|
A novel in verse … and the writing thereof
Click on a line to comment

Downtown

Trolleys and buses were still running, but

much good they did us: every one was

     jammed, people leaping up to hang on

by their fingernails and belts; The gripmen in

the cable cars, fiercely focused, fought to keep their balance and

not plow through the people surging into and

     across the streets, while the conductors

had given up pretending to take fares.

The one whose eye I caught shrugged

     and smiled wider, and as he turned away,

yelling joyously to the crowds inside the tram

and out, I saw war’s heavy hand on him,

     the empty sleeve pinned up

     to the shoulder of his jacket,

               and turned away myself, quickly.

So we walked, swept up in crowds and kissed

     by soldiers; somewhere south of Market

we lost Edna; she didn’t turn up for

     three days. Ruby kept a firm grip

     on Nora, who barely kept her feet, while Mary

               linked her arm with Jane’s.

On First a harried hotel doorman told

a soldier with a girl on his arm

     that they were full up; “You are?” the man said.

“Well, I’m fed up. The trains have stopped, you know;

we need a place to stay.” The doorman

     eyed them; the fellow said, Not

together; he was just escorting this lady

through the crowd. Just then, another man

slipped up behind the doorman, whispered briefly,

and slid away. The doorman cleared his throat,

clasped his hands. “Actually,”

     he said, “it appears we do have space. Due to

     the unusual circumstances—“

(Just then a flying soldier’s cap sailed over

the crowd, landing

     askew on his head) –“such as”

(he removed the cap) “the stoppage of trains,

the management has decided to open the ballrooms

to guests. One for gentlemen, and one for the ladies.

     You will get a blanket and” (he coughed;

miserable over this meager offering,

he coughed again, his self-imposed task

to reconcile a blanket on the floor

     with his own dignity)

“And space to spread it,”

he finished desperately, “for a dollar.”

“Eight bits?” The soldier cocked his head and got

the lady’s nod; the doorman bowed them in.

“Come on,” said Mary, dragging on my arm,

so moving after her, my head still turned

to watch the hotel door swing slowly shut,

     on that cool quiet world within,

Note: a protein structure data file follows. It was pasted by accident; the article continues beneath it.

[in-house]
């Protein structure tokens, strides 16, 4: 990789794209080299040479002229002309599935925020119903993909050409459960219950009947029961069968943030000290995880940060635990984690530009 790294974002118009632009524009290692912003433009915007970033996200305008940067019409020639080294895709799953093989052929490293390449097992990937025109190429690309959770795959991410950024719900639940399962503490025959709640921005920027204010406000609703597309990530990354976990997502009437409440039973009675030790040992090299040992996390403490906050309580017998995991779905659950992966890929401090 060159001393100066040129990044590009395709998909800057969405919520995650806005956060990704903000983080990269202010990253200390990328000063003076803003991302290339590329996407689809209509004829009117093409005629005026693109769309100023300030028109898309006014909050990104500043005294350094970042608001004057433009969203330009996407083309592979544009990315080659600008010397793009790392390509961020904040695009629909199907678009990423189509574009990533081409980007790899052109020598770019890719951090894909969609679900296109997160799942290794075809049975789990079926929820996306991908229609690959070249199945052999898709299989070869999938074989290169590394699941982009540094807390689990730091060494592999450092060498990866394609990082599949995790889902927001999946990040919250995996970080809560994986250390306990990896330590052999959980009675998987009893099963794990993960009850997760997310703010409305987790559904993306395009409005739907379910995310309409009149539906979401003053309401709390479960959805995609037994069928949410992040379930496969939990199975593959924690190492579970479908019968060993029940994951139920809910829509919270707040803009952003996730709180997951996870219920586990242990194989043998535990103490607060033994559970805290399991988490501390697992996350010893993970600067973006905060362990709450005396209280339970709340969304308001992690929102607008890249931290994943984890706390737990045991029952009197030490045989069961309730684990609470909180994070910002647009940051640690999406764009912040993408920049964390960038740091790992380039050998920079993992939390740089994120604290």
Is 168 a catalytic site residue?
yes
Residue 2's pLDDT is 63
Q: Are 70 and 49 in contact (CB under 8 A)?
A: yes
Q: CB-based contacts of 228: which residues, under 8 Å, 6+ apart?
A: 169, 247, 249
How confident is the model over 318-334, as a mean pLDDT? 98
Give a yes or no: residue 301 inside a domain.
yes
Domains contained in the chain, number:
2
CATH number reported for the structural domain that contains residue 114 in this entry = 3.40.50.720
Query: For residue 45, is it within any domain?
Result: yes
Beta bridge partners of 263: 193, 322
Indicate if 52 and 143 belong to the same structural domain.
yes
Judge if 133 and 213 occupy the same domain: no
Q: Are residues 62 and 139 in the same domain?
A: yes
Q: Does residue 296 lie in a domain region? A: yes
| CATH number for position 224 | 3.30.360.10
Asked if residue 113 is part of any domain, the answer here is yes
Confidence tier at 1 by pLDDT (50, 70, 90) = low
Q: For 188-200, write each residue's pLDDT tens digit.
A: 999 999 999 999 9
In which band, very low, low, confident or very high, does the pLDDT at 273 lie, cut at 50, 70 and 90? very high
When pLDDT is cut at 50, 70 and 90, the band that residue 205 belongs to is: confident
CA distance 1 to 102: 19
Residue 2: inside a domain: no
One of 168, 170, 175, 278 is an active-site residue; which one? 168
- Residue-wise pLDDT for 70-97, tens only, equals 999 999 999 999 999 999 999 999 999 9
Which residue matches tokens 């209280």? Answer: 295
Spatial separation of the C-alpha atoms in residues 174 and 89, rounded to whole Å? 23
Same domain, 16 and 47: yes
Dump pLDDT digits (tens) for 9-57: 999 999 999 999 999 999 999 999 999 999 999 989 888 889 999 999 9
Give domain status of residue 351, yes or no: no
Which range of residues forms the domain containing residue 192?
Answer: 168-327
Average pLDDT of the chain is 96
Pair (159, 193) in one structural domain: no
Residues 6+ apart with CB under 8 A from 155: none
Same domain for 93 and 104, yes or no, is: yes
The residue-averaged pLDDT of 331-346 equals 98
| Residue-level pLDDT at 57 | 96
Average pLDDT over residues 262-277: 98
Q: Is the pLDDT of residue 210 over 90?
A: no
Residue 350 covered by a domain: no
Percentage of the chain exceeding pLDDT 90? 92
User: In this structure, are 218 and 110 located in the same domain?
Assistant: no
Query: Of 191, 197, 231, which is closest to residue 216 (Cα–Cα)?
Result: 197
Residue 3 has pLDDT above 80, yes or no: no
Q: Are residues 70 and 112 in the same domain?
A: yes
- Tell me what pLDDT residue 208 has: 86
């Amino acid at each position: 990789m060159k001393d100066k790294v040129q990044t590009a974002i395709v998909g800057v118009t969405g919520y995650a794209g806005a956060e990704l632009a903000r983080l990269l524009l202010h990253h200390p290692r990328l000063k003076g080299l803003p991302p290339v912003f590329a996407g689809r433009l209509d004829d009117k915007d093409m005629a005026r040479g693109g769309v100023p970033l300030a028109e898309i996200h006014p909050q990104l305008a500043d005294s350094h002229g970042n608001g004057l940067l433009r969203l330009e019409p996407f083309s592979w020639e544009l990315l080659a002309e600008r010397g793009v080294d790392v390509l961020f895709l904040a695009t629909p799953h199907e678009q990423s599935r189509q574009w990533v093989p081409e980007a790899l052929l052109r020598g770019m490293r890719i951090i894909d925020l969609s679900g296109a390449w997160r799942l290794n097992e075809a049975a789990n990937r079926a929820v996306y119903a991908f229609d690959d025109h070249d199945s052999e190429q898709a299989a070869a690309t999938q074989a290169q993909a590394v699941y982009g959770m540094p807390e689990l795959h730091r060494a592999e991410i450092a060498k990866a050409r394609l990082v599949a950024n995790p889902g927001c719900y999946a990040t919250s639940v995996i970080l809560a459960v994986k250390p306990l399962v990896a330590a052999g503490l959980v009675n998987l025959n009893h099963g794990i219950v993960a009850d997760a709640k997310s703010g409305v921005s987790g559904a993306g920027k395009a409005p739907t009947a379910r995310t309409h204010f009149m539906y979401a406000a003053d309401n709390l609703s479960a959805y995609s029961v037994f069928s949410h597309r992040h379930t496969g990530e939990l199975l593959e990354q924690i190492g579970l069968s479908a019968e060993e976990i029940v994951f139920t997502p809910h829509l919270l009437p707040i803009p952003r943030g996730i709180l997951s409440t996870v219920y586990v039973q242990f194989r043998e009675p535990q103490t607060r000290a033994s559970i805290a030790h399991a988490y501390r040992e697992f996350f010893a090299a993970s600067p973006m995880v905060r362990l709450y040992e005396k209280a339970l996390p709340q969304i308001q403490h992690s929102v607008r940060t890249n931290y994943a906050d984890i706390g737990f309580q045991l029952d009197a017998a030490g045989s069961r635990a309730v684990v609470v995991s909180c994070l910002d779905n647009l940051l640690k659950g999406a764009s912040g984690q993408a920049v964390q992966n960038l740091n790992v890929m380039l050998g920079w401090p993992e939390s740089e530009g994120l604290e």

I walked smack into a

     large-bellied woman of fifty,

all paisley and plaid, scattering confetti from her purse.

“Are you all right, dear? What a time! Lord,

isn’t this a time! Good thing I’m fat,

you bounced right off! Have some confetti, dear.”

She pressed it into my limp hands (if she’d

thought to stick it in my mouth, well fine;

     I probably hadn’t wit to object,

and my mouth, I’m sure, hung open) and sailed

     off through the crowd, crying, “Spread the joy,

               spread the joy!”

“Spread the joy!” yelled the fellow in uniform (army), one

     of three, who grabbed and kissed me. Another

had got hold of Jane, I saw, but where were Nora and

Ruby? Swept away.

Mary grabbed Jane’s shirt in one hand and

my arm in the other, and the third soldier,

reaching for her, fell back sharply.

“Did you kick him?” I gasped, but she

     just grinned, and I

spun to look after him, this time into a tall

thin man in formal wear, his cummerbund

     aglint with metal and ribbon. “My son’s,” he said, as Mary

pulled at me. “He died, that we might live.”

Below tear-filled eyes, his lips squirmed, like two

slugs writhing; that was not what I should

be thinking, I thought, and dragged my

shameful gaze away and asked, “What was his name?”

His face clouded, then cleared;

“He was a marine.” And again:

“He died, that we might live.” His lips started again

their awful twitch and pulse; I put my head down,

and bullied after Mary over paper-paved streets, the pages

sifting down from rooftops where ecstatic celebrants

tossed them by the handful or (the more exuberant

amongst them) dumped whole boxfuls on

     we happy revelers

               below.

 

I worked my shifts both that night and the next

—war’s end did not heal its wounded—

and slept between, smuggling cafeteria

food to Mary, who slept nights in my bed

while I was on the wards. She said they wouldn’t

miss her at the office; “And anyway,

I doubt there’s much call for typists now; I bet

if you looked hard enough, you’d find the letterhead

of Perkins, Balmore, Straap and Fitch somewhere

on Market Street, trampled black.”

     When we read

in Thursday morning’s paper, eleven had died

in riots the day before, we stared at each other

     over our orange juice. “Good god,” said Mary.

“I thought it was a party.”

page 11